FA Insights is a daily newsletter from Business Insider that delivers the top news and commentary for financial advisors.
A Facebook’s CTO has joined the board of directors at a robo-advisor (RIABiz)
“Mike Schroepfer, Facebook’s chief technology officer, joined Wealthfront’s board of directors in November. That’s on top of the earlier hires of Facebook’s former design chief, Kate Aronowitz, as Wealthfront’s new vice president of design,” reports Kelly O’Mara. “Alison Rosenthal, another former executive of the Silicon Valley social media giant, came on in October 2014 as Wealthfront’s vice president of strategic partnerships.”
“We have big plans for the scale of our future business and can’t imagine a better advisor than someone like Schrep [Schroepfer], who has helped scale a service that reaches more than one billion people every day,” wrote CEO Adam Nash in the announcement.
Raymond James will buy Deutsche Bank’s US wealth management business (Financial Planning)
Both Raymond James and Deutsche Bank confirmed that the former will buy the latter’s US wealth management business, and will operate the boutique with the name it originally used when it was founded back in 1800, Alex. Brown, reports Ralph R. Ortega.
“As part of the deal, Haig Ariyan, co-head of wealth management in the Americas for Deutsche Asset & Wealth management, will join Raymond James as president of the Alex. Brown division. Other members of the Deutsche Bank unit will also join, Raymond James said,” reports Ortega. “Terms of the deal were not released.”
Fidelity Investments found that 48% of physicians in the US were saving at an average rate below what is recommended, 48% were not maxing out their contributions to a qualified workplace plan, and 71% were not contributing to a non-qualified retirement plan, reports Michael S. Fischer.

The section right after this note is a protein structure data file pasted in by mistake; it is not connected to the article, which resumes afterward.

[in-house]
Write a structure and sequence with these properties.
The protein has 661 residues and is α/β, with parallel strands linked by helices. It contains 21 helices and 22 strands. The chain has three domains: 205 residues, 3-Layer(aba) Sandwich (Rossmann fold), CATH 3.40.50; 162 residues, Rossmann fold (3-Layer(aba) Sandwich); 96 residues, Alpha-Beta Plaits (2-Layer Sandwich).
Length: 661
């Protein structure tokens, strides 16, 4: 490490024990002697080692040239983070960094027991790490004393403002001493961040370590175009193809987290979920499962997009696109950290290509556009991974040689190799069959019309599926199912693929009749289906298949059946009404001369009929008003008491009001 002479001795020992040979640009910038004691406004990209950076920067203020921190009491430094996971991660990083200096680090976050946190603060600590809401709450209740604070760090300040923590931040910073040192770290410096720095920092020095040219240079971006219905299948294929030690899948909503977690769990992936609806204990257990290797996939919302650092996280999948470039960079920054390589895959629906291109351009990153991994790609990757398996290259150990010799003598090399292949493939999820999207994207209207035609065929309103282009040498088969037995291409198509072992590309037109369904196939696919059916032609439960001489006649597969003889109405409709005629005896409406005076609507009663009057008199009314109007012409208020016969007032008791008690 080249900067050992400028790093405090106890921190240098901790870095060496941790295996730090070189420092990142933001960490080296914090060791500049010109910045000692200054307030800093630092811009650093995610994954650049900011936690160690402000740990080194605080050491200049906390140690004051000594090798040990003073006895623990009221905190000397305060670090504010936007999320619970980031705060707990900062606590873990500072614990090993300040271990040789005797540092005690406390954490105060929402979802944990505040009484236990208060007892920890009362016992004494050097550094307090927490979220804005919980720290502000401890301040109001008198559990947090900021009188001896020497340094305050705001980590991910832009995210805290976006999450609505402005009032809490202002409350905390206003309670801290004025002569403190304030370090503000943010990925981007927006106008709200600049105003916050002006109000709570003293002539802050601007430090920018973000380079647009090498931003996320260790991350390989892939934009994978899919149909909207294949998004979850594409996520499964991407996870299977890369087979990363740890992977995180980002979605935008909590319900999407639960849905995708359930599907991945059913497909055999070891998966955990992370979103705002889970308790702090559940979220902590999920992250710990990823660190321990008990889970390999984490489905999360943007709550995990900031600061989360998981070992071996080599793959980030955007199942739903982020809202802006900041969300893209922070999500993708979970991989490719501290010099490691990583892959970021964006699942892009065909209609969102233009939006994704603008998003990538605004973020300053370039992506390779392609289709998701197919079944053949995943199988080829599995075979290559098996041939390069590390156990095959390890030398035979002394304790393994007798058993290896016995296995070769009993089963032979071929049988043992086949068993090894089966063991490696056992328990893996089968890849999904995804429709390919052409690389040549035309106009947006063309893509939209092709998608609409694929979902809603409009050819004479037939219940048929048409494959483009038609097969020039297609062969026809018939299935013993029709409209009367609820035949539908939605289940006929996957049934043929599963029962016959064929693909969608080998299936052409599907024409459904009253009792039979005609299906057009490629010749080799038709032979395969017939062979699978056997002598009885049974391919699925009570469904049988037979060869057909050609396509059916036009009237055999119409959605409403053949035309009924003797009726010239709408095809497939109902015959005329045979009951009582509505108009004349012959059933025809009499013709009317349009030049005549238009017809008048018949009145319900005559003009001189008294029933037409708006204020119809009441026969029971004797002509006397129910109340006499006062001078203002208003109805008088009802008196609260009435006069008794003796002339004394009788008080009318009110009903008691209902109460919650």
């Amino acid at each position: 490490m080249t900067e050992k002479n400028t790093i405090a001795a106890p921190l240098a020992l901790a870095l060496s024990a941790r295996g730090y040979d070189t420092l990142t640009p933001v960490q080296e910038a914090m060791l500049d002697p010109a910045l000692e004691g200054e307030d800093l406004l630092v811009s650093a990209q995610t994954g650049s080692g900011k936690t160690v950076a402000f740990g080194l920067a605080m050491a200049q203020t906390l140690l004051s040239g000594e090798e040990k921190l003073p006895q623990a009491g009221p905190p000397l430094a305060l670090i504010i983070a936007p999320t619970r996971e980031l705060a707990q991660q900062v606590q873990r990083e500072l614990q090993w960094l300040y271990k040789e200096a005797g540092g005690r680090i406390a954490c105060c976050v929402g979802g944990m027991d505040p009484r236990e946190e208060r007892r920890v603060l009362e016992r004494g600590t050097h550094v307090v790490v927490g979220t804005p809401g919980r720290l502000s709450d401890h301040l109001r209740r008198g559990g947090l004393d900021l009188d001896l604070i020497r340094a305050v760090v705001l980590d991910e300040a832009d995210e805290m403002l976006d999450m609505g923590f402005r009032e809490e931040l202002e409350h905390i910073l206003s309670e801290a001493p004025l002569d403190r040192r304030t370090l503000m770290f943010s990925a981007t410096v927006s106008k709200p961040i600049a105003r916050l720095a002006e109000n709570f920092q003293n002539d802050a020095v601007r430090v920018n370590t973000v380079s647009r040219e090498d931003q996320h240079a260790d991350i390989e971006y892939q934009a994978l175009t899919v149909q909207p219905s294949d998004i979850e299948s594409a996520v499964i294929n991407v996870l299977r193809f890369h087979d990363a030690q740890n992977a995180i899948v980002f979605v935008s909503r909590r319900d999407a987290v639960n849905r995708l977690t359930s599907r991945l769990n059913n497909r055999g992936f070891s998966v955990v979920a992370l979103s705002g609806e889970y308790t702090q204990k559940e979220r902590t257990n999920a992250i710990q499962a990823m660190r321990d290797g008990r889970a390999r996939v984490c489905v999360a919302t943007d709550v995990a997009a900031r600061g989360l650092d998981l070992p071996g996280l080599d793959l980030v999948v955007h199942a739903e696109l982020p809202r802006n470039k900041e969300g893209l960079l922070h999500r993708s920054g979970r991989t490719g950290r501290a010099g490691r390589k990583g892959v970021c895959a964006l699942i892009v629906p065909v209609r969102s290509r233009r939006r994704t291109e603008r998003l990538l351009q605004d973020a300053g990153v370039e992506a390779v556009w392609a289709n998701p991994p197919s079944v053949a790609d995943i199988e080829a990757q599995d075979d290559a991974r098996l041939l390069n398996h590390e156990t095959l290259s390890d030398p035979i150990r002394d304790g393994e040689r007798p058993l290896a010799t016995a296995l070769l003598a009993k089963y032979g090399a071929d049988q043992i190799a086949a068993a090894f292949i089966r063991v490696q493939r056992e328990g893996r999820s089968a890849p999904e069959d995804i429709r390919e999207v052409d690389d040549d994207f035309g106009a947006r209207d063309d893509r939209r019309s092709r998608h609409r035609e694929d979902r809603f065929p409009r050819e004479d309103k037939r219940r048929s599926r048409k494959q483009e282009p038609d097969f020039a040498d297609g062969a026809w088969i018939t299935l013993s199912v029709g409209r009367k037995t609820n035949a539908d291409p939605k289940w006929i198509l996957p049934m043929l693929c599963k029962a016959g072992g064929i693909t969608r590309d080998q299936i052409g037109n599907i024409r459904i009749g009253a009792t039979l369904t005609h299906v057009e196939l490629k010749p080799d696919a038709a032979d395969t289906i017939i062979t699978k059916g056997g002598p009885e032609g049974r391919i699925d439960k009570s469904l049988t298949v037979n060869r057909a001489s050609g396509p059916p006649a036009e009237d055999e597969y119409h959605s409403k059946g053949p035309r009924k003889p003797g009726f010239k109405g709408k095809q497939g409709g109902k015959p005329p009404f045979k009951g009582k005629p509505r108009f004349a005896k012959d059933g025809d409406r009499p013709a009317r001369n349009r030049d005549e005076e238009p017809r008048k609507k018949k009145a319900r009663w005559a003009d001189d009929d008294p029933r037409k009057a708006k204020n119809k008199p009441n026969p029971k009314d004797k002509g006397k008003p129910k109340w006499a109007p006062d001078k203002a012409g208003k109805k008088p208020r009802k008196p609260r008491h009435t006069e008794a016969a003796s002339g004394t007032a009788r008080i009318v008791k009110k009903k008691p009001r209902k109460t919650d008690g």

“Even though physicians on average earn $300,000 annually, based on Fidelity’s business data, industry research showed that 84% carried medical school debt averaging more than $176,000. Not only that, but many practitioners were strained by heavy practice-related costs,” notes Fischer.
There are still some good things about Malaysia (Advisor Perspectives)
Malaysia’s currency weakened to levels not seen since the Asian financial crisis, there are issues with corruption, and the country is a net exporter of commodities. So this year hasn’t been great. Plus, the continued uncertainty over the Fed’s rate hike decision has add to global uncertainty and volatility, which hasn’t helped.
That being said there are some good things, writes Mark Mobius of Franklin Templeton Investments: 1) Japan’s continued quantitative easing should be good for ASEAN countries, including Malaysia. 2) Malaysia’s orientation towards consumers, which is “aided by a youthful demographic and a burgeoning middle class that has growing income to spend on discretionary goods.”
“As a growing nation, Malaysia still has room for improvements and its people are realising reform is needed, and that is good news, in our view,” he added.
“If you want to make money in the financial advisory business, don’t be a financial adviser. Instead, try working your way up the ladder at one of the handful of trade groups that serve the industry, where pay for CEOs can easily exceed $500,000,” writes Mark Schoeff Jr.
By comparison, lead advisors make a median $148,380 and chief executives make about $410,000, according to the 2015 InvestmentNews Adviser Compensation and Staffing Study, reports Schoeff.
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